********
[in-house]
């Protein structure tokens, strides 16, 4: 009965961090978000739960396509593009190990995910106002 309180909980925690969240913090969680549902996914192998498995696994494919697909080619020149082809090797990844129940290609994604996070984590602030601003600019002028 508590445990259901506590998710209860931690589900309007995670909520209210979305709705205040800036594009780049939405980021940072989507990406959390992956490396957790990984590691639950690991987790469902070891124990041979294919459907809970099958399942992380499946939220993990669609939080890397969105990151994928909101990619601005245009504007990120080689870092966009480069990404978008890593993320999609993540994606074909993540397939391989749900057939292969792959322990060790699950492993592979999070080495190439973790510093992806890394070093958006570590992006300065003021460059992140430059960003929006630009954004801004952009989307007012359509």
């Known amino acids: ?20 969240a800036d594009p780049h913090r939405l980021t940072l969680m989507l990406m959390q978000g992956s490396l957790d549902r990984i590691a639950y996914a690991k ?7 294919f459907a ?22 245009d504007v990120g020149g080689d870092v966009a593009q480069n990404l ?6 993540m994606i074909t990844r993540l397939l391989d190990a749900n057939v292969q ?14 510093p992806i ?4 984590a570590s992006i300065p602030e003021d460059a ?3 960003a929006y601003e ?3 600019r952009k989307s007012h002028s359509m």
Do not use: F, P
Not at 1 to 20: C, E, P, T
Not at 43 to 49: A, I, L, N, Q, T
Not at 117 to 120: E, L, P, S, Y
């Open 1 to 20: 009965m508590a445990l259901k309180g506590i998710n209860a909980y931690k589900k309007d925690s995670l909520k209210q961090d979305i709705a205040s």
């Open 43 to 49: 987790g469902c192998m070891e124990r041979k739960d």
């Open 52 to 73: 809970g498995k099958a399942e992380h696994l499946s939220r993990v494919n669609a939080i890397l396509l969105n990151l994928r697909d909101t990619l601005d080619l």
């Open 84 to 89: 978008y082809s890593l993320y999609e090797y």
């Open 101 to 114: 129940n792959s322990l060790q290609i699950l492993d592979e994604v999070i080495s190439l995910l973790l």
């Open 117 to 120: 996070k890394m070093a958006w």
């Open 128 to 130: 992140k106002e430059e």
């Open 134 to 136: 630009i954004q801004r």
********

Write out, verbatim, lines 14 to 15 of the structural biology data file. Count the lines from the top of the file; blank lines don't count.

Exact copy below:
């Open 128 to 130: 992140k106002e430059e």
């Open 134 to 136: 630009i954004q801004r």